For this to be successful, practitioners should create a stimulating environment in which creativity, originality and expressiveness are valued. There should be a wide range of activities that children can respond to so as to utilize their many senses and opportunities.
There should also be time for children to express their ideas through a wide range of representations. This would help if children work alongside other creative adults as they will help maximize results.
Play is defined as behavior that is freely chosen; personally directed; and intrinsically motivated, and not performed for an external goal or reward. Play includes a range of self-chosen activities undertaken for their own interest, enjoyment and satisfaction that results for children.
It does not meet basic physical survival needs, but it does seem to support children’s emotional well-being, as well as a wide range of learning within their whole development. It has been asserted that play reinforces development and learning among children. Children spontaneously engage in play, although some may require adult assistance (Department for Education and Skills (DfES), p 9).
Adult-led and Child-initiated Learning
Play is a vital aspect in a child’s development both physically and emotionally. However, my opinion is that it is not in the best interest of the child to be left alone to play all time, or left to choose what they want to do and when they want to do it most of the time.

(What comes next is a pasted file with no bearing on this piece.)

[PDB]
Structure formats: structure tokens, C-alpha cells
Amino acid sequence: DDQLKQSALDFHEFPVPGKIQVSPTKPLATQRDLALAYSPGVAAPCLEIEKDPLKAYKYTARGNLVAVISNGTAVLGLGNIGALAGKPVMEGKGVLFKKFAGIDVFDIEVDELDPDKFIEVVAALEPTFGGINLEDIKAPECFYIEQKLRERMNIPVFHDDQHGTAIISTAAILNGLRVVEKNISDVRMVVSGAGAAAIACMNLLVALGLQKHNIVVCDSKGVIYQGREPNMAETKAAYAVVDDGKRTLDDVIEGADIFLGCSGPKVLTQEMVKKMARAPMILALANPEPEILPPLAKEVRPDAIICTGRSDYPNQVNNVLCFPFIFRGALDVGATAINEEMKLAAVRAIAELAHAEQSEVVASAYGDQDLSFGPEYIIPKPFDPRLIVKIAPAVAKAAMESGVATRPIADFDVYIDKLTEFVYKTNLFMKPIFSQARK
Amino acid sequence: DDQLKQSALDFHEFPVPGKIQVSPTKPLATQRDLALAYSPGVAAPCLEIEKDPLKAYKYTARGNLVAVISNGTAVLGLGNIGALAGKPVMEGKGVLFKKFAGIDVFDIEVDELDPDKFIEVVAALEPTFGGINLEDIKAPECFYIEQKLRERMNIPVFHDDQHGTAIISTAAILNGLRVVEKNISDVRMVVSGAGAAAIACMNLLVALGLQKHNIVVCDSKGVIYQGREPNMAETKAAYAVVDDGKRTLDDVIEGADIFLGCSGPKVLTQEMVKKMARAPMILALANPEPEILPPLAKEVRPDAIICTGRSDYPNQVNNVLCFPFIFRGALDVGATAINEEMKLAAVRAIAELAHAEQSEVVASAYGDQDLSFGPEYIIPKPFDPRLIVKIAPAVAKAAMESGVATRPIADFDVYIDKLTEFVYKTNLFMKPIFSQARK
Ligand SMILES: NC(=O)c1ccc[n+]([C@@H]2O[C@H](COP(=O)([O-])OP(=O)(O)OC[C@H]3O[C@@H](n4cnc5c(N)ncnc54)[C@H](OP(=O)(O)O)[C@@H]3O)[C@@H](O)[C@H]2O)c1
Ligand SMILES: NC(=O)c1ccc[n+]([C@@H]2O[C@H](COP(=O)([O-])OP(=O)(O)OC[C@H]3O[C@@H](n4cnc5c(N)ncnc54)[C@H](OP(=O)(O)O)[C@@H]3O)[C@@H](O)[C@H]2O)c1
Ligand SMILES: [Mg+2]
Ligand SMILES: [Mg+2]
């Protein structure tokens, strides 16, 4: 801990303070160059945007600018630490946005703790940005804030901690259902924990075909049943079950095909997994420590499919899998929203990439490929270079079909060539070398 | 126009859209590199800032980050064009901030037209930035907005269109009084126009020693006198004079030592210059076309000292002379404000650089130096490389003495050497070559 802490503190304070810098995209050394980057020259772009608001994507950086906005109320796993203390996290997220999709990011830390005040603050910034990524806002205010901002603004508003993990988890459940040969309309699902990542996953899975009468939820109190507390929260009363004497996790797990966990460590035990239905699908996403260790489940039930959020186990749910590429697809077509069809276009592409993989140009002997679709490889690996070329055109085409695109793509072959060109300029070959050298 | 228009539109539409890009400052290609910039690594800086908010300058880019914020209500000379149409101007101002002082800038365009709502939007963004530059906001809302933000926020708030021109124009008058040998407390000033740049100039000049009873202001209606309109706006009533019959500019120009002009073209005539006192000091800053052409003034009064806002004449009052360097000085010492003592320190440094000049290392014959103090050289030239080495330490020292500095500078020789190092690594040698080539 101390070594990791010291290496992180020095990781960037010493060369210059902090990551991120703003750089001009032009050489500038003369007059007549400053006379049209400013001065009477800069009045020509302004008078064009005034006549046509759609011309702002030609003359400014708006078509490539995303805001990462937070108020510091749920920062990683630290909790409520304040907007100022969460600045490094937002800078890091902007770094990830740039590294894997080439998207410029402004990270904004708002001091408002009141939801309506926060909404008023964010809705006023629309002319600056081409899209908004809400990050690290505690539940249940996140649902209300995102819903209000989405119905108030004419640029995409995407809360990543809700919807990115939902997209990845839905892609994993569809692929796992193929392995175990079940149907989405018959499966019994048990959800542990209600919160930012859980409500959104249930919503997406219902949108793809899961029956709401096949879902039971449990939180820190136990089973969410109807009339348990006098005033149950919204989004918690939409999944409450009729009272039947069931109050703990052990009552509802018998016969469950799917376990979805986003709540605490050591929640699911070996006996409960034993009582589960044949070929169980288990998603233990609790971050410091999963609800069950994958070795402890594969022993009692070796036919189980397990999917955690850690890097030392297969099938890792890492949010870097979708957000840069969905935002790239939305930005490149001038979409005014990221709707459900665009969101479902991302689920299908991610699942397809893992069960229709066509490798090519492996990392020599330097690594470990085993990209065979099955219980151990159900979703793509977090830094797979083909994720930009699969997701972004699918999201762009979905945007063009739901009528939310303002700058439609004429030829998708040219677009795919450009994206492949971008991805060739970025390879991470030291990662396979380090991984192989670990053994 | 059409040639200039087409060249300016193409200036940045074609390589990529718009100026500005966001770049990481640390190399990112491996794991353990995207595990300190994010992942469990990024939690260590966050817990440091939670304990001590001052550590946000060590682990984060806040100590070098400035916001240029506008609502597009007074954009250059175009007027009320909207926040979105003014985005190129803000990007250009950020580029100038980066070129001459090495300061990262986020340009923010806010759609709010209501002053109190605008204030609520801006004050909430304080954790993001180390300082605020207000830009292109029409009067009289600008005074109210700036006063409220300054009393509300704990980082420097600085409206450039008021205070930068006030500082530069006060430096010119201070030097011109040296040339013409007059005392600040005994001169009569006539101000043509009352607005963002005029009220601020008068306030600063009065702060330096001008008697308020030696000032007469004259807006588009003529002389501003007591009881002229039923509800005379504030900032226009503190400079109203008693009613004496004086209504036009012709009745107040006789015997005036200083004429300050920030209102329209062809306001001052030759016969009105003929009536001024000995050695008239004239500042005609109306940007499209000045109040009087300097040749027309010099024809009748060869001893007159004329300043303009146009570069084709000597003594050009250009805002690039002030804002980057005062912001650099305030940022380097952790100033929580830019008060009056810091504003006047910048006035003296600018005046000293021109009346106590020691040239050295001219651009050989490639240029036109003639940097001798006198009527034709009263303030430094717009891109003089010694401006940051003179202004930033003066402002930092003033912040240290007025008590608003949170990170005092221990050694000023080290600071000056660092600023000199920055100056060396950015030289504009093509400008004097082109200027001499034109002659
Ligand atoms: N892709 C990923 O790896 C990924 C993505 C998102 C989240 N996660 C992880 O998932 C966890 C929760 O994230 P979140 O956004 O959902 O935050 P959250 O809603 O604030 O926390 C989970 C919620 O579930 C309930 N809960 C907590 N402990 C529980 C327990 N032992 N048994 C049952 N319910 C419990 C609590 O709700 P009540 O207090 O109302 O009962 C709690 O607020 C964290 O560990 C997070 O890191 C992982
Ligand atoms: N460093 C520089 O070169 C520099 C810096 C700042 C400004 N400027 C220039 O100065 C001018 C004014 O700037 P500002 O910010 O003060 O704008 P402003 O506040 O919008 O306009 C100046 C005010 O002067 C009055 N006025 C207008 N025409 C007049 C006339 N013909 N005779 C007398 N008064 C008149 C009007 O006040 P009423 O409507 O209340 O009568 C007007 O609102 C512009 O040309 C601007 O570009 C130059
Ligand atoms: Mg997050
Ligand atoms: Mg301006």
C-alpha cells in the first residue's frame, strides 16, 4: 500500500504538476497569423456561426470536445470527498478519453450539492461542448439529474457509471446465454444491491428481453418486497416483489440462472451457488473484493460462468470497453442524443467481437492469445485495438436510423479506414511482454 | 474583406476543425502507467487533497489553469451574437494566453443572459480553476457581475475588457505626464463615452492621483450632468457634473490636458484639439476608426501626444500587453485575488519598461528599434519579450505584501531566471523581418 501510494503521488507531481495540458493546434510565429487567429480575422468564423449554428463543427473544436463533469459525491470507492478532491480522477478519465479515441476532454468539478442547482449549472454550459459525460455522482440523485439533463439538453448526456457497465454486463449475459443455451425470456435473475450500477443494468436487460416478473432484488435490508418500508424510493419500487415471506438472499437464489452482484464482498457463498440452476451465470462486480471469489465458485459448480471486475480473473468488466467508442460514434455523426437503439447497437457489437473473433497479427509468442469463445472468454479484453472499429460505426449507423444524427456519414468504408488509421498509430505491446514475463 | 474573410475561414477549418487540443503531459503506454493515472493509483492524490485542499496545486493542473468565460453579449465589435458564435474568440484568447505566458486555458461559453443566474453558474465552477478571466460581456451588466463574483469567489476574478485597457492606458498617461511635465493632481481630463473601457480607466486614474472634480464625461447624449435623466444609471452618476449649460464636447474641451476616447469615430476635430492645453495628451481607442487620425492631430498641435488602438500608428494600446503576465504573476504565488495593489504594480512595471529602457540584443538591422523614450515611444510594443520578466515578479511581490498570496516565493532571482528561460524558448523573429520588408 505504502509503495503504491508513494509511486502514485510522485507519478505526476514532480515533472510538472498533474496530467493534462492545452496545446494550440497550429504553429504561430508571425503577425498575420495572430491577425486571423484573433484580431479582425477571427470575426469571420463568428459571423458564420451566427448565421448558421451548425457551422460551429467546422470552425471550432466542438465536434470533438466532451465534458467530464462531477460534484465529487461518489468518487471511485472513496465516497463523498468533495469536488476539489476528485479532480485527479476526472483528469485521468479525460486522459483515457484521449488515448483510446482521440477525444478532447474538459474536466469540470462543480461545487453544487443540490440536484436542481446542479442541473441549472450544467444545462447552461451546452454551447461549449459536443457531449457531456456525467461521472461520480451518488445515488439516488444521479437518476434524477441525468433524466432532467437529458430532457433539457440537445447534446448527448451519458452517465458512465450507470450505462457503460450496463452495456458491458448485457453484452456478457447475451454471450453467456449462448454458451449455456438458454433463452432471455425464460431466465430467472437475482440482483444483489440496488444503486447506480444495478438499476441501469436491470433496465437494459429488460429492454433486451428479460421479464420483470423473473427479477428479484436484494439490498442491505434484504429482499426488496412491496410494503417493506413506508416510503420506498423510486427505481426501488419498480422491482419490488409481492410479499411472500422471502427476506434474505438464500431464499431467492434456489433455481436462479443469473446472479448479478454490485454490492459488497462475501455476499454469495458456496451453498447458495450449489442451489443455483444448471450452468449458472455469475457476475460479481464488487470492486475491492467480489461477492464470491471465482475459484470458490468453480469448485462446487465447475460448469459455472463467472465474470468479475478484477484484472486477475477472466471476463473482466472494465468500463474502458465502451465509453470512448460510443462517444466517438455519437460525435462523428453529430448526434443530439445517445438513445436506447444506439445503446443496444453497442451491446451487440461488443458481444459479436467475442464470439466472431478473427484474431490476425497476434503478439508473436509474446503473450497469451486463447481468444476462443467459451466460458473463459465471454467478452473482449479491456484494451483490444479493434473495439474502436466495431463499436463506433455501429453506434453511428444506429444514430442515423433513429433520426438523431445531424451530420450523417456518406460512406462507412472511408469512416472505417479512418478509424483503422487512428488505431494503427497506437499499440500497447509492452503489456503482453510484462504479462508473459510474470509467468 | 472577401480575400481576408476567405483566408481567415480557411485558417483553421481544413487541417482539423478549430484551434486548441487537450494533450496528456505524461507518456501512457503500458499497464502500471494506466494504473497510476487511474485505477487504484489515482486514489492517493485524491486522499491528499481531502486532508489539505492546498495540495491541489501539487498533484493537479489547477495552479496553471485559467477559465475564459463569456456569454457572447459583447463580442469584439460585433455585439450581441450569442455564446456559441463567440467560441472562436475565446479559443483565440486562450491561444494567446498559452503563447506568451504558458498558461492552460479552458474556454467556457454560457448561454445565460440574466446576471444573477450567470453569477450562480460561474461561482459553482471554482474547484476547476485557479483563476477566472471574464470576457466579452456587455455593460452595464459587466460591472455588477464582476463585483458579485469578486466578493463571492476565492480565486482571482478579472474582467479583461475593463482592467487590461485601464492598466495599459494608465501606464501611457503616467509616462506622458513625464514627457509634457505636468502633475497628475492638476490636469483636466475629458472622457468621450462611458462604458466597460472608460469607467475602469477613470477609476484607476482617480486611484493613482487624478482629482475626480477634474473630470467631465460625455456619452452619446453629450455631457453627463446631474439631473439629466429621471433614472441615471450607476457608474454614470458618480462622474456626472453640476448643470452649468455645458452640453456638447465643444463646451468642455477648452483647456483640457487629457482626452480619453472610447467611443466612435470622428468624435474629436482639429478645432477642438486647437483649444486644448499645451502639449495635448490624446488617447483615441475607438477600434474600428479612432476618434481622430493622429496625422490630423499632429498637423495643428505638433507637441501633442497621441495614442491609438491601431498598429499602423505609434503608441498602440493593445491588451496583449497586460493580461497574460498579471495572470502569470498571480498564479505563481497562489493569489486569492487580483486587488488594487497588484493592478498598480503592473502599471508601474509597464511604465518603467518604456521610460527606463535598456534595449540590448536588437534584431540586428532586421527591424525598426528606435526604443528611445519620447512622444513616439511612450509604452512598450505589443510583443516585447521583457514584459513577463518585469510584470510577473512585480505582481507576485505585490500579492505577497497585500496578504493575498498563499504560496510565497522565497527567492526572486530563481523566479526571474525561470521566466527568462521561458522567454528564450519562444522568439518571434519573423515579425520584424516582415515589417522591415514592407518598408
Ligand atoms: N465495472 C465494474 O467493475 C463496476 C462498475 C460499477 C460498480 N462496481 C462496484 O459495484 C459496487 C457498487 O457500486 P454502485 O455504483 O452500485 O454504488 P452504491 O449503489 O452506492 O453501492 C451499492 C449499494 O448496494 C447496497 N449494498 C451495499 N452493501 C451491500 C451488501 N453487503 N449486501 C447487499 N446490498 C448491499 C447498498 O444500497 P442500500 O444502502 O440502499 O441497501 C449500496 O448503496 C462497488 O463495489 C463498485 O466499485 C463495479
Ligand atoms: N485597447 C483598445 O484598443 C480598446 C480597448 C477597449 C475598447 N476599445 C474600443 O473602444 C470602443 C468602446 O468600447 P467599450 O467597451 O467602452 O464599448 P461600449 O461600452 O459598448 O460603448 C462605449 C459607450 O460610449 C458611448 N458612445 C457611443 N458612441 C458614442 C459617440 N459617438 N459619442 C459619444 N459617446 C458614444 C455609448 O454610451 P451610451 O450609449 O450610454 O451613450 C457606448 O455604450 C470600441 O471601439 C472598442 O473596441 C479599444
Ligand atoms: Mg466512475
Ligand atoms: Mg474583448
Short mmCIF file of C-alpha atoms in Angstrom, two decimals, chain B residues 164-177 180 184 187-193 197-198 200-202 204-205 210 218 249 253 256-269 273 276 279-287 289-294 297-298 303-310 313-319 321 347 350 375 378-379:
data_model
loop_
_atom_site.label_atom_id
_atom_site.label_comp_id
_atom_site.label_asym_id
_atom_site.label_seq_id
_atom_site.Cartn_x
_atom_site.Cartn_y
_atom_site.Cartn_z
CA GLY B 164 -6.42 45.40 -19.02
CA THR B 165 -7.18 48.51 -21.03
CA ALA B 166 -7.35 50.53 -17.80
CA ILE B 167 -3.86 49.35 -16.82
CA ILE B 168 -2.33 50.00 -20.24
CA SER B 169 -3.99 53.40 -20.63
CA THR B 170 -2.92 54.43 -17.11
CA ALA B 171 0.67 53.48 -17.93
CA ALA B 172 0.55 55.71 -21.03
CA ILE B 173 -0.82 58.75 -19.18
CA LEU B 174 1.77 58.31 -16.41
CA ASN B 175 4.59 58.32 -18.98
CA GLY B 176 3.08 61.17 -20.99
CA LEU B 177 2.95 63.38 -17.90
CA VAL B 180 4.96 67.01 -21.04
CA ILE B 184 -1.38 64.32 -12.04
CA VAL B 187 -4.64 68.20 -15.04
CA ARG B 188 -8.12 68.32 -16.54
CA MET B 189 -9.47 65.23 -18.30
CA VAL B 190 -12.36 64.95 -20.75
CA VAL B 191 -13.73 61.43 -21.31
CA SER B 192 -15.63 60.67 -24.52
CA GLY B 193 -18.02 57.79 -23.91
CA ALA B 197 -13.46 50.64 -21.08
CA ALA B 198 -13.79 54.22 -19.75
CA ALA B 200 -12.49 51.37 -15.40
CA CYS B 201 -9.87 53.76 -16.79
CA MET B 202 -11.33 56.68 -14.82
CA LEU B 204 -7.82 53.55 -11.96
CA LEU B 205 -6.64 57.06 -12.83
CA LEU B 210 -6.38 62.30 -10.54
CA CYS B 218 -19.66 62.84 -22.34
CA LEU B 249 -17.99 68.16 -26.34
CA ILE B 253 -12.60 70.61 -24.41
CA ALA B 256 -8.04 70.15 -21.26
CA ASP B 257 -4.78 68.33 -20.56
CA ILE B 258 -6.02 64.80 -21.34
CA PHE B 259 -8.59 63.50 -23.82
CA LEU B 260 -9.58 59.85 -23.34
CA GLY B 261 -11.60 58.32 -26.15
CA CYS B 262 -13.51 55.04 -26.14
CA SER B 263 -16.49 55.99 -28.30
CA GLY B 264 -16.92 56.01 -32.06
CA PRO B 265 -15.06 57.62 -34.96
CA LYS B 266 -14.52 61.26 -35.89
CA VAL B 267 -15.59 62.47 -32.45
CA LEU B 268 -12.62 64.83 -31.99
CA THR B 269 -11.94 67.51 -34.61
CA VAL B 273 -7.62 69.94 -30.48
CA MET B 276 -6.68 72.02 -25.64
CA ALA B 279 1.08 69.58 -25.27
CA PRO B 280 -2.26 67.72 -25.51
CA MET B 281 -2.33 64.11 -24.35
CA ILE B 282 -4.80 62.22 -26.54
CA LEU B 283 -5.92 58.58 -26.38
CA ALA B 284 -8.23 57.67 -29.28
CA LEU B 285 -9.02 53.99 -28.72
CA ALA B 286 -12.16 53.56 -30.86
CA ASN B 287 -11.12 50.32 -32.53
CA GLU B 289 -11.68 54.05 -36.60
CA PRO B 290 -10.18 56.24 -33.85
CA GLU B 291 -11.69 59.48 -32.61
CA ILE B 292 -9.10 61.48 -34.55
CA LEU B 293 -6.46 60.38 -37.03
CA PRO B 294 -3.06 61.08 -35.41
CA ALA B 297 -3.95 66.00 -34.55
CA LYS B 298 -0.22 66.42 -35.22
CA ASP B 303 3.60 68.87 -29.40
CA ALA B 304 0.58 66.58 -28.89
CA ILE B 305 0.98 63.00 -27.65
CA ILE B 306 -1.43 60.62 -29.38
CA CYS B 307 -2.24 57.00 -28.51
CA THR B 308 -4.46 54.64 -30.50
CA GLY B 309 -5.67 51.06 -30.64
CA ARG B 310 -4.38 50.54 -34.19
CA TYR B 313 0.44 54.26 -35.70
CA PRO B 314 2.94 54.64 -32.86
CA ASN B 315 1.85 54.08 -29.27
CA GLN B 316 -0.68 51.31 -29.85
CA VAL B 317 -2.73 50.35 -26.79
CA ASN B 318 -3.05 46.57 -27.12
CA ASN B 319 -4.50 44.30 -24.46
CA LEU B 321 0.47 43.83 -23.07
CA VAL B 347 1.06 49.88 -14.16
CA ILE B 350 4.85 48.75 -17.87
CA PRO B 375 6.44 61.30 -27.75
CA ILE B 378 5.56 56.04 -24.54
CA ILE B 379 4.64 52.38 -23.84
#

This view is supported by Vygotsky (p 31) who stresses the importance of a supportive active role of an adult in maximizing children’s intellectual development. He also contends that children succeed in performing tasks and solving problems when helped by an adult.
Brunner (p 17) believes that an adult’s presence increases the richness and length of play. To him, the adults’ role is that of “scaffolding” the child’s learning. These arguments confirm that appropriate intervention and a structured approach to teaching are components of effective pre-school practices (Brunner, p 18).
Philosophers such as Piaget, an advocate of child initiated play, made a statement which implies to me that not everything is learned through play. In this case, other factors should come into force to enhance the other areas of child development.
According to Piaget, as much as play is important, it is not through play that children learn to wash and sleep. This means everything cannot be learnt through play. I believe that as much as children are allowed to play, some structures should be put in place as well.
According to Piaget, children act out their already established behaviors or schemata in play and adapt reality to fit these (Piaget, p 52). On using his daughter Jacqueline’s pretending to sleep as an example, Piaget wrote:
It is clearly impossible to explain this symbolic practice as being pre-exercise; the child certainly does not play like this to learn to wash and sleep. All that he is trying to do is to use freely his individual powers, to reproduce his own actions for the pleasure of seeing himself do them and showing them off to others, in a word to express himself, to assimilate without being hampered by the need to accommodate at the same time (Piaget, p, 53).
For Tina Bruce, she believed in the free flow of play and draws on the chaos theory as a model for play. She asserted that play is at its peak of fruitfulness when it is flowing freely. This meant that it is at this stage that problem-solving takes place and a symbolic representation of their experience occurs in a very creative, spontaneous and intellectual order.
Children need space and provision for this opportunity for this to happen in a very safe environment. In line with Bruce’s argument, children’s should not only be engaged in child-initiated activities all the time. There should be a good balance between child-initiated and adult-led activities.